The Roman Villa of Oberlienz: A multidisciplinary 3D reconstruction: CAA 2015 ``Keep the Revolution Going'' Conference, Siena 30 March-3 April.


High resolution archaeological geophysical prospections allow for the non-invasive investigation of subsurface features. In particular, the high resolution Ground Penetrating Radar (GPR) measurements permit the accurate 3D investigation of the subsoil offering the possibility for the detailed 3D mapping of archaeological structures and virtual reconstructions of the archaeological complexes. In this paper we present a 3D reconstruction of a Roman Villa located in Oberlienz-Lesendorf (Tirol, Austria), part of the former Roman province of Noricum, which has been investigated by GPR. The 3D GIS-based mapping of the features detected by GPR is conducted within ArcGIS 10.2 allowing for the improved 3D editing of vector features and detailed description through attributable information. Extruded 2D (2.5D) and 3D interpretation models of the buried Roman structures are created based on the dynamic and interactive analysis of the prospection data in the GIS environment, in which the GPR data are visualized in form of animated sequence of raster images. Based on the GIS interpretation models the virtual reconstruction is performed within 3D modelling software environment allowing for the interactive modelling and texturing of the mapped 3D objects. In this step, analogies together with written sources play a crucial role since they provide additional data and documentation which can be used to enrich the lack of information. A systematic comparison between the detected remains and excavated archaeological sites in the provinces Noricum and Raetia, where similar buildings and complexes have been investigated, was conducted with the goal to achieve a comprehensive and reliable reconstruction of the Roman villa. In order to achieve the interactive investigation of the virtual 3D model in a georeferenced environment, the textured 3D objects are re-imported into the 3D ArcGIS environment (ArcScene and ArcGlobe) and integrated into the GIS-based 3D maps, in which the objects and related attributable information can be queried, interactively, by means of HTML popups. Structures belonging to different phases are clearly detectable in the GPR data. Finds dating to different periods were also collected at the site at the beginning of 20th Century. Based on this fact, we argued that the Roman villa was probably used for a period of at least 300 years. Based on the analysis of the GPR data and analogies with similar complexes, the presumed diachronical evolution of the Roman villa with main houses and ancillary buildings is presented dynamically through the use of animations. The work which was conducted within the multidisciplinary team of the Ludwig Boltzmann Institute for Archaeological Prospection and Virtual Archaeology in collaboration with the Vienna Institute of Archaeological Science (VIAS) of the University of Vienna, also has the aim to demonstrate the high potential of the integrated and systematic use of non-invasive Archaeological Prospection Methods and Virtual Archaeology for the investigation, digital documentation and scientific dissemination of the ``invisible'' archaeological heritage. Keywords: GPR archaeological prospection, 3D GIS, 3D modelling, Roman Villa, Virtual Archaeology.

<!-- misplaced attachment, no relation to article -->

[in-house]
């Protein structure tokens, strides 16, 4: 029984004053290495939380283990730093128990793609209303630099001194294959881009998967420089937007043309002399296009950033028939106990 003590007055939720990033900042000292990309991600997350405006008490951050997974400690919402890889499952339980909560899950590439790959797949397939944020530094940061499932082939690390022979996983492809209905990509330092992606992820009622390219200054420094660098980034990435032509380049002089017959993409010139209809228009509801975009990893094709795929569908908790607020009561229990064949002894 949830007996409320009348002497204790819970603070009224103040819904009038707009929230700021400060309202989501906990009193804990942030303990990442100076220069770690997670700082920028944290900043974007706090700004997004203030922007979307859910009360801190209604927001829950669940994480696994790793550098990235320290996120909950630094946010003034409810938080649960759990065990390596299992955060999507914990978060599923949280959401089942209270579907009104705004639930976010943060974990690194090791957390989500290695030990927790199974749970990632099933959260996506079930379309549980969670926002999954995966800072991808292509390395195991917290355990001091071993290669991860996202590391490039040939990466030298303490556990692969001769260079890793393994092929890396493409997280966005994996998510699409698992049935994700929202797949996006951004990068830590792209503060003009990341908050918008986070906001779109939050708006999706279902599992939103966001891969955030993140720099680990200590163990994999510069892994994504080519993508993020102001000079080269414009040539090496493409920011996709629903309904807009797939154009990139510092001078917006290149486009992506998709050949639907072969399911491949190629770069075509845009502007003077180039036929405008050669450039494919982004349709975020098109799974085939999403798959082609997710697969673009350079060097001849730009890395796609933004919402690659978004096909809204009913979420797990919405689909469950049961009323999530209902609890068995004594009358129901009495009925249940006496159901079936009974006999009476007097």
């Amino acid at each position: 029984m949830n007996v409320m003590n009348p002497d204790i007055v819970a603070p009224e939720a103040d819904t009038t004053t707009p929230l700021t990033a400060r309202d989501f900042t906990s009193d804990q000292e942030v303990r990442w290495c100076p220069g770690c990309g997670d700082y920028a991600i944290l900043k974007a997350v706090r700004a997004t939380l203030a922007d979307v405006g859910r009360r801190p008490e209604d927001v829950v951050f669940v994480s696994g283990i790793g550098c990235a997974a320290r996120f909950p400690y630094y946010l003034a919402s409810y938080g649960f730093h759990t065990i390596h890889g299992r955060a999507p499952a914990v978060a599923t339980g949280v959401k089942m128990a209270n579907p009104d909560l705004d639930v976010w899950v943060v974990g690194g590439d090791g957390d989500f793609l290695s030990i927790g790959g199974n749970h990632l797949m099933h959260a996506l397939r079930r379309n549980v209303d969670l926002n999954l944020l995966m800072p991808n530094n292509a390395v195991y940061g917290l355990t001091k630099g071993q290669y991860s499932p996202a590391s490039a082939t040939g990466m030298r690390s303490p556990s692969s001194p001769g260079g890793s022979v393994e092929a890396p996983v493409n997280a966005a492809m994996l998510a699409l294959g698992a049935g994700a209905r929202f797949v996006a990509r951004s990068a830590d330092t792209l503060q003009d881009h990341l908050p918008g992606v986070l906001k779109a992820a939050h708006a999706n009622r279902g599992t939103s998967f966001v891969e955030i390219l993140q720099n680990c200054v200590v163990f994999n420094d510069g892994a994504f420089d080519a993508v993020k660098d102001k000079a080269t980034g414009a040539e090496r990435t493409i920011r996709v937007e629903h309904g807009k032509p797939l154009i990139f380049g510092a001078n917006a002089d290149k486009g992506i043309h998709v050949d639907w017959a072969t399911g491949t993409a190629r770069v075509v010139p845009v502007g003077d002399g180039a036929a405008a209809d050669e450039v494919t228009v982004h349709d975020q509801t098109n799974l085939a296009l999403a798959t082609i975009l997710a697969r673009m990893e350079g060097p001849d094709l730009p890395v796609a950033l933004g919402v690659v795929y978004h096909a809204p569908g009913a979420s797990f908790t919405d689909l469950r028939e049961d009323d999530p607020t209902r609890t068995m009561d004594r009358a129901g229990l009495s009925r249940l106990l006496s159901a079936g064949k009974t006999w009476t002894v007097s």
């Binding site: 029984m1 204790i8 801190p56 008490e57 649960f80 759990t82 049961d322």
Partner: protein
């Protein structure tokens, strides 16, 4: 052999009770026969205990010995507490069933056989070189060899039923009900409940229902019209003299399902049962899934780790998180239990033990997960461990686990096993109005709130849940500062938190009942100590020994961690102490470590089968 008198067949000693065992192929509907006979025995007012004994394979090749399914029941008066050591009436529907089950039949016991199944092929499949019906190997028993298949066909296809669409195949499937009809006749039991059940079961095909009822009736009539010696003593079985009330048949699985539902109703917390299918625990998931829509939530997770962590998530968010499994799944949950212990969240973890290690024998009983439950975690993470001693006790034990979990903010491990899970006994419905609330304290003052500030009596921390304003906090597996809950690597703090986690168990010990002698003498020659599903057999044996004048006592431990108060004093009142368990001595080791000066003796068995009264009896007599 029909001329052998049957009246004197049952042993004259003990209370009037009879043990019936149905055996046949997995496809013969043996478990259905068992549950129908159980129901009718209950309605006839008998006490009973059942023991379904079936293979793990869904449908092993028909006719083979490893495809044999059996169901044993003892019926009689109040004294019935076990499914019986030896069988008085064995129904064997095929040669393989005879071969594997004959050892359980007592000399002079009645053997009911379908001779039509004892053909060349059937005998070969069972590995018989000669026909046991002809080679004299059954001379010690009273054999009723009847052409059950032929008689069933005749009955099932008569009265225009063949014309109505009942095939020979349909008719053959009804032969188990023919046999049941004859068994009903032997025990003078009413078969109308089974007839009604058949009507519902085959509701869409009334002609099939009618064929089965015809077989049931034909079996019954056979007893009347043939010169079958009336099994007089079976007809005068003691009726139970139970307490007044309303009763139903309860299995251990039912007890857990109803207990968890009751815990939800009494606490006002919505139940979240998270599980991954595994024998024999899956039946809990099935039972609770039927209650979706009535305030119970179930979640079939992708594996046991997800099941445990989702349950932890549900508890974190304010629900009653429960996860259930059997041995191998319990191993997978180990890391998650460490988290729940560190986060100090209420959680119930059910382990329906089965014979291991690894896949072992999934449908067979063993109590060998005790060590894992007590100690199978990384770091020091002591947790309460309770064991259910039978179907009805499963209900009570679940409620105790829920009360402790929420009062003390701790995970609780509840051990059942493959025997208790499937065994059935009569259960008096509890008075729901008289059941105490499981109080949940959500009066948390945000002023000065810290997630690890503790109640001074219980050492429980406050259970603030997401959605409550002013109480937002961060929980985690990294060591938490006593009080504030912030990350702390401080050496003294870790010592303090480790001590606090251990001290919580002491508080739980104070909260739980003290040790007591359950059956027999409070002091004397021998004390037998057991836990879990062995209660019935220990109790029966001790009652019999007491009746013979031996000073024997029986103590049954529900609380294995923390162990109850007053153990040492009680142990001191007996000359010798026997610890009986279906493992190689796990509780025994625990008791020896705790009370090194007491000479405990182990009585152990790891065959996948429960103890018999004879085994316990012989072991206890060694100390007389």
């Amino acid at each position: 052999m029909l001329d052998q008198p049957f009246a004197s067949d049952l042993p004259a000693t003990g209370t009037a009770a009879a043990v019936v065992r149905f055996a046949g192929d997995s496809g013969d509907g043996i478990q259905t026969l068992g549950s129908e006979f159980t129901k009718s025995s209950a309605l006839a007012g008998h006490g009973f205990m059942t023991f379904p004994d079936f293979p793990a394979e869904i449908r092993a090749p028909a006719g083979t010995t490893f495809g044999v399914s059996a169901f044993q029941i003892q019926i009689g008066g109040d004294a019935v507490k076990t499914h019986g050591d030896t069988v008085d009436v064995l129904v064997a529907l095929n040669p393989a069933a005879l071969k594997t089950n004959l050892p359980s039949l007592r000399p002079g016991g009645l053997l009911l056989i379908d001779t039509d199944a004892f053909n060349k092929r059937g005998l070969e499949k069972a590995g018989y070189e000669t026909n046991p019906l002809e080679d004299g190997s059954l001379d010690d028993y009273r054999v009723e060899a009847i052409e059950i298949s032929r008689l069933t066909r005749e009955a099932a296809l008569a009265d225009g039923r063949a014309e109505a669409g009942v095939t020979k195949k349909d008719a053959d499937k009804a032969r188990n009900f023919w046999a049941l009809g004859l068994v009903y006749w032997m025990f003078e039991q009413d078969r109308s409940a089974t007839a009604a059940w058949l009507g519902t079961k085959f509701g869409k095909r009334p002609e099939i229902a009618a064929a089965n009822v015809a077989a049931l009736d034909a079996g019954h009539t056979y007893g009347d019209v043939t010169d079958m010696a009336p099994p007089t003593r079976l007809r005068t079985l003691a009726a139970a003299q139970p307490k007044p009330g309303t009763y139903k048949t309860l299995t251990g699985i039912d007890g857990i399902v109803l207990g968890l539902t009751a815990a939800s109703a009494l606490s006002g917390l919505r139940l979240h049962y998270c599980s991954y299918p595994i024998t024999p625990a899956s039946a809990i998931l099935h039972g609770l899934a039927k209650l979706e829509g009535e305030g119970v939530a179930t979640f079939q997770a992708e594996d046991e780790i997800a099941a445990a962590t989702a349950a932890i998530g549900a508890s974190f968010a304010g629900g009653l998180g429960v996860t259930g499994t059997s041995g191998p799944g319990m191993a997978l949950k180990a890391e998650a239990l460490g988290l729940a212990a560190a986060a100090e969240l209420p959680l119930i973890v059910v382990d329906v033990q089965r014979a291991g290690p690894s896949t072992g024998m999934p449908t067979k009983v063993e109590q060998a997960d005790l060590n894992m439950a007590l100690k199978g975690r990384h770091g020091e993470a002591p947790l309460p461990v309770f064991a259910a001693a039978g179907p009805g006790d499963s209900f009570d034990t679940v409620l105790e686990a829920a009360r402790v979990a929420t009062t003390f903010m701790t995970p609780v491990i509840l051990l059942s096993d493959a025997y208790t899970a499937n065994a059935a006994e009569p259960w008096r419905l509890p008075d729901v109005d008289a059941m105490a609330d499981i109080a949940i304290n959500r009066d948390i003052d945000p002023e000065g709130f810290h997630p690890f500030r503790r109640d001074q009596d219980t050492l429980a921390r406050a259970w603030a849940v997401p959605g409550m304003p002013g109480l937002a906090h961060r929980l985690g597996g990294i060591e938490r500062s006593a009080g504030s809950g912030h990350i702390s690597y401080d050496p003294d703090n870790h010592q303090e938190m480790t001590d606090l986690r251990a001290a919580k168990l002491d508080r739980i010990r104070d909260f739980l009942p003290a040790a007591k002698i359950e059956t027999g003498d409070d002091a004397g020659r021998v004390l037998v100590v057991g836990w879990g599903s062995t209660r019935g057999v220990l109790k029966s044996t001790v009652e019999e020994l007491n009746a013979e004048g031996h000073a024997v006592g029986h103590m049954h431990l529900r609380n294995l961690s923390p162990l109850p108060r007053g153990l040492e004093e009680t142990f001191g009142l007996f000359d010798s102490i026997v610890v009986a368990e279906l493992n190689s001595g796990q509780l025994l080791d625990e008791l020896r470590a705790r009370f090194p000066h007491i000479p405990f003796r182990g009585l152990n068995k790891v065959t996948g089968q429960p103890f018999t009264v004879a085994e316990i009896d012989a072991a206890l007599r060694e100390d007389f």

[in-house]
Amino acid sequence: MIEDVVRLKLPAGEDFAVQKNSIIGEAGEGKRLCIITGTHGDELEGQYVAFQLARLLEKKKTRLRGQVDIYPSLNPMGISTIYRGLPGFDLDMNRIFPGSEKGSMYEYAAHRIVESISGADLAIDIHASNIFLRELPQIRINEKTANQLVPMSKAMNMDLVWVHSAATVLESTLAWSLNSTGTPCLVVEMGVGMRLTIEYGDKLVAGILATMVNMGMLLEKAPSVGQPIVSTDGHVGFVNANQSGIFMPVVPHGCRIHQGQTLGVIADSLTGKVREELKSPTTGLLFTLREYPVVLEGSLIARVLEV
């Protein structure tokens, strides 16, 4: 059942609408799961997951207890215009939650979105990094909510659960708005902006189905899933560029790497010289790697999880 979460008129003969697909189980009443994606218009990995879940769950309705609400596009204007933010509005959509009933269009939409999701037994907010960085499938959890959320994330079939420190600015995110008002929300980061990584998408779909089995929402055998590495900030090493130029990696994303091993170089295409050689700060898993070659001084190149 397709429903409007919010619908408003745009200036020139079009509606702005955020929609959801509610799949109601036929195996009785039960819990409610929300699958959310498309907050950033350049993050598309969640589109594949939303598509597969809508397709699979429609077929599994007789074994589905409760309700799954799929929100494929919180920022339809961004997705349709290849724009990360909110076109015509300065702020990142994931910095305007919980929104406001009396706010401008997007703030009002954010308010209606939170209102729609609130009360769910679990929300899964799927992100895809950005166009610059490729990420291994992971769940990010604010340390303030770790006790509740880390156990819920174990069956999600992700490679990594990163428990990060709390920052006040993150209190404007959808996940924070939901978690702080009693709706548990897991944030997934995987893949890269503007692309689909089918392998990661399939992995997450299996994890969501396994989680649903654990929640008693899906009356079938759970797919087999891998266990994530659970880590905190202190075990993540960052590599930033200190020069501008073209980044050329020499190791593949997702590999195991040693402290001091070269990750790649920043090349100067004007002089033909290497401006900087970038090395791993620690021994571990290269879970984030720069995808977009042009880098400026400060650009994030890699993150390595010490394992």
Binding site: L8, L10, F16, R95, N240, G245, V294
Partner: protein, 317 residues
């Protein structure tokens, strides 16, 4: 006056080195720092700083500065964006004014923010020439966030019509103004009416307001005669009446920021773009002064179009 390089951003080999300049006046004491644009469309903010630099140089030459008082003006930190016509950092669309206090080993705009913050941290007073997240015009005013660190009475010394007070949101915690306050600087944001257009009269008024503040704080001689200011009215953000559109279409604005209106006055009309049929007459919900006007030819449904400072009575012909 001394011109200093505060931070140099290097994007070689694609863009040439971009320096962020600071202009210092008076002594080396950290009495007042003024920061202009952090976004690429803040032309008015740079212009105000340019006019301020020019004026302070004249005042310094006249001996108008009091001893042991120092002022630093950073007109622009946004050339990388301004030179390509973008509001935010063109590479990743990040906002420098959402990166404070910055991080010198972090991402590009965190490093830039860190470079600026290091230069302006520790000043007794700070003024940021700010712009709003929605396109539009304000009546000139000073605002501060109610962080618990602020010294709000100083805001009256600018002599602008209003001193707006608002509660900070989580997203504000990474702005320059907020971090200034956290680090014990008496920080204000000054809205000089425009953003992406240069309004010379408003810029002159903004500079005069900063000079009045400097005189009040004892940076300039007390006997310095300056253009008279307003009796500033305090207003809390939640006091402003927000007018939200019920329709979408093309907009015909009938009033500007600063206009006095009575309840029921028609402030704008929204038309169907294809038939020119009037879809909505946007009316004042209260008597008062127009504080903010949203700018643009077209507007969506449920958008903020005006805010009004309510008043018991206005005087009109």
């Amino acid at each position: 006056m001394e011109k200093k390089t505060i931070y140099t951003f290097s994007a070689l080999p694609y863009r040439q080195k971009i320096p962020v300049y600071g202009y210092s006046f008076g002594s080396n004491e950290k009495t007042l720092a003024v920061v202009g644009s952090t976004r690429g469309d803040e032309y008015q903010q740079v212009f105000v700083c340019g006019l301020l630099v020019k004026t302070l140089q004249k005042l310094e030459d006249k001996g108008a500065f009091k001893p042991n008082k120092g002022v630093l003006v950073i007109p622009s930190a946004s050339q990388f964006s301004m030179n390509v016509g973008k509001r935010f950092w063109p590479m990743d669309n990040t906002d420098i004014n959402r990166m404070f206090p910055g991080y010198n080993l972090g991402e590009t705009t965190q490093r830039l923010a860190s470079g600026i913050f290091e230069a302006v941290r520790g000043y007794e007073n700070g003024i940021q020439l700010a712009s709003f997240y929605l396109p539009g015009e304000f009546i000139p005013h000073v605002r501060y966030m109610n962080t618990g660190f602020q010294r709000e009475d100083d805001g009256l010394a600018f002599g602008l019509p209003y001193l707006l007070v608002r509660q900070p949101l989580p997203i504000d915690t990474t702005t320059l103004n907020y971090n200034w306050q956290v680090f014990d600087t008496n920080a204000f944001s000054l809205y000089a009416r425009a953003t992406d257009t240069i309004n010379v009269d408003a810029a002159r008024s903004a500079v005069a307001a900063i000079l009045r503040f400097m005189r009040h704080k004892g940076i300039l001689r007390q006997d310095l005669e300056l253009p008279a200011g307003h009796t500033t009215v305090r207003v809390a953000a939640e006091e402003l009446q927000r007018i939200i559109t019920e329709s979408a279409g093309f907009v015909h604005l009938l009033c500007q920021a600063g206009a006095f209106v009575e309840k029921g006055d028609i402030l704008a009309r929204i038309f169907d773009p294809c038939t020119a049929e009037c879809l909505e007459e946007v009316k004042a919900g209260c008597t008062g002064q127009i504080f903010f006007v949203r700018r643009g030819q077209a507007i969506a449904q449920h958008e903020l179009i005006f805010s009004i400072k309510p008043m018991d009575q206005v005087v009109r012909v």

CAA 2015